In light of the news that Chinese fighters conducted what the Pentagon calls an 'unsafe intercept' of one of its reconnaissance aircraft flying over the South China Sea on Tuesday (according to the US, the Chinese jets flew within 50 ft of the the American plane, forcing it to descend), it is worth revisiting an Interpreter piece by eminent American security analyst Bonnie Glaser from September last year on the then-newly agreed US-China accord on 'Rules of Behavior for Safety of Air-to-Air Encounters.'
It was an agreement which was supposed to put a stop to these kinds of incidents. Here's one interesting extract from Glaser's piece:
Especially noteworthy is the section that establishes responsibilities for aircraft when an intercept takes place. According to the agreement, the aircraft commander initiating the intercept should maintain safe separation while the operator of the aircraft being intercepted should avoid reckless maneuvers. The distance between aircraft that constitutes safe separation is not spelled out; rather it is dependent on circumstances. While this is sensible, it leaves split-second decisions up to the discretion of Chinese fighter pilots, who often lack experience.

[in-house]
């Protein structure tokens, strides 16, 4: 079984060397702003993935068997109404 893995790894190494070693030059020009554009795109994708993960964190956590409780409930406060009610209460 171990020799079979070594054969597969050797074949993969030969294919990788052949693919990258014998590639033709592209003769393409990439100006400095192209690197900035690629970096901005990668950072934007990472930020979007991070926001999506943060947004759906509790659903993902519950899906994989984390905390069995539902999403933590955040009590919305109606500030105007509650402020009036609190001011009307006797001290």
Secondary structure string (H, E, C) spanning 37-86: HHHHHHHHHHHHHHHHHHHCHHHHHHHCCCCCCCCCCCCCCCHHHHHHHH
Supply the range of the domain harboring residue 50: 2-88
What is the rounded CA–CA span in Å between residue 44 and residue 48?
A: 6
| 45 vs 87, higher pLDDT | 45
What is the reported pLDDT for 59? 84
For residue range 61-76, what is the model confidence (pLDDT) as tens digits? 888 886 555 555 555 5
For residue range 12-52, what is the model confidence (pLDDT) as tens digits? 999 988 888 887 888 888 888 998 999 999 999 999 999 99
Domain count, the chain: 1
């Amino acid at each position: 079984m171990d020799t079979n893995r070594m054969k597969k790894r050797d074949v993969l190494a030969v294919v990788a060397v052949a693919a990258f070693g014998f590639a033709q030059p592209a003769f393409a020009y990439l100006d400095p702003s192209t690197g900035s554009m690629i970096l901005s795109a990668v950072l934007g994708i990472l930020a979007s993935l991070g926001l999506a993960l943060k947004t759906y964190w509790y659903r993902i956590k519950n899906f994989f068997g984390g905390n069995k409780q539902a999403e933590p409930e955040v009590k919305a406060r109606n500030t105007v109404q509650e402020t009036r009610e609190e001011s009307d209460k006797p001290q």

It's important to note that we so far only have the American version of what occurred on this occasion. The Chinese statement will no doubt differ.
Speaking of aerial shows of strength, the Pentagon has just released more footage of Russian fighter-bombers and helicopters buzzing a US Navy destroyer in the Baltic Sea on 11 and 12 April. (H/t Alert 5.)